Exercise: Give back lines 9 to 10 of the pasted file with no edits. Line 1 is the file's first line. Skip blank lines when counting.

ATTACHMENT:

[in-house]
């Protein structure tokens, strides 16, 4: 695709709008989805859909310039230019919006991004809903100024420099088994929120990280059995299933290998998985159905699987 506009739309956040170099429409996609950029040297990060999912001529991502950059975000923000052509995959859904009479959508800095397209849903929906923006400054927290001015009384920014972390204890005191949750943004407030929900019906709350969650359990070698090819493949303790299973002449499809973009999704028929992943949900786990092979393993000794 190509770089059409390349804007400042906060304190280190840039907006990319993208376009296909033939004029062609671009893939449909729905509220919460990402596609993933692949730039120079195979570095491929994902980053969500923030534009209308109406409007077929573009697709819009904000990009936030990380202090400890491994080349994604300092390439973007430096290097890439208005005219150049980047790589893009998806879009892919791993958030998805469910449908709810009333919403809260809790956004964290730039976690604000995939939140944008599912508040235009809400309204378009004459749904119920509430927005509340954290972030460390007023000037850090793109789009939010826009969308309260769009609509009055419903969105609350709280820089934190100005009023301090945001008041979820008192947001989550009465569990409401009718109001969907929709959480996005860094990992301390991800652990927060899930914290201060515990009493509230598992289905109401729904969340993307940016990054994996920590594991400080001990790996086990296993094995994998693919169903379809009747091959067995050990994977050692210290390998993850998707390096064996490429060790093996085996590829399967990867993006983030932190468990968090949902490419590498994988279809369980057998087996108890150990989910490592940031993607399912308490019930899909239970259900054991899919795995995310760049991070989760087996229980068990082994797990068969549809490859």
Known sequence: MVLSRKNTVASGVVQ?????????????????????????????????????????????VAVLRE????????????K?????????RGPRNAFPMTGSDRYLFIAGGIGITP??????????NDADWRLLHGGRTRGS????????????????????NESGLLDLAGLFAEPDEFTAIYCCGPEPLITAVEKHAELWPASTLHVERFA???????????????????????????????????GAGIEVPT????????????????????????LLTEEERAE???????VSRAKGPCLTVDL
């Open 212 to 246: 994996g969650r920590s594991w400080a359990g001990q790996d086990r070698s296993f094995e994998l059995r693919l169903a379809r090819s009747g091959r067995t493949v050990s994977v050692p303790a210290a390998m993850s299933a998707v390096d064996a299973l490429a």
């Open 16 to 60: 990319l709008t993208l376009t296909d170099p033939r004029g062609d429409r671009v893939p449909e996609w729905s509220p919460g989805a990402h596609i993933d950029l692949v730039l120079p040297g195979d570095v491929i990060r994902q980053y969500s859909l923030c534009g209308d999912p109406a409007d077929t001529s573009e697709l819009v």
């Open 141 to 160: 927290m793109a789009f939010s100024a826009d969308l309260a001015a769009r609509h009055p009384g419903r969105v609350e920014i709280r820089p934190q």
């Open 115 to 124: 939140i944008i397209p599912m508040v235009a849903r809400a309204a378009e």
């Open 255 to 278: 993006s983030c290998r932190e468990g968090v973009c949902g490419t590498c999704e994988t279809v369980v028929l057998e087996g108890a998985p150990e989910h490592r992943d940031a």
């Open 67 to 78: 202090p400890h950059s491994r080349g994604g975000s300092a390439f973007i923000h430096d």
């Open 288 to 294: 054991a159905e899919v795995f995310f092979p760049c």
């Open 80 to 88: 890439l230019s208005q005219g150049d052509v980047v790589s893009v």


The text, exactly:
């Open 67 to 78: 202090p400890h950059s491994r080349g994604g975000s300092a390439f973007i923000h430096d």
């Open 288 to 294: 054991a159905e899919v795995f995310f092979p760049c």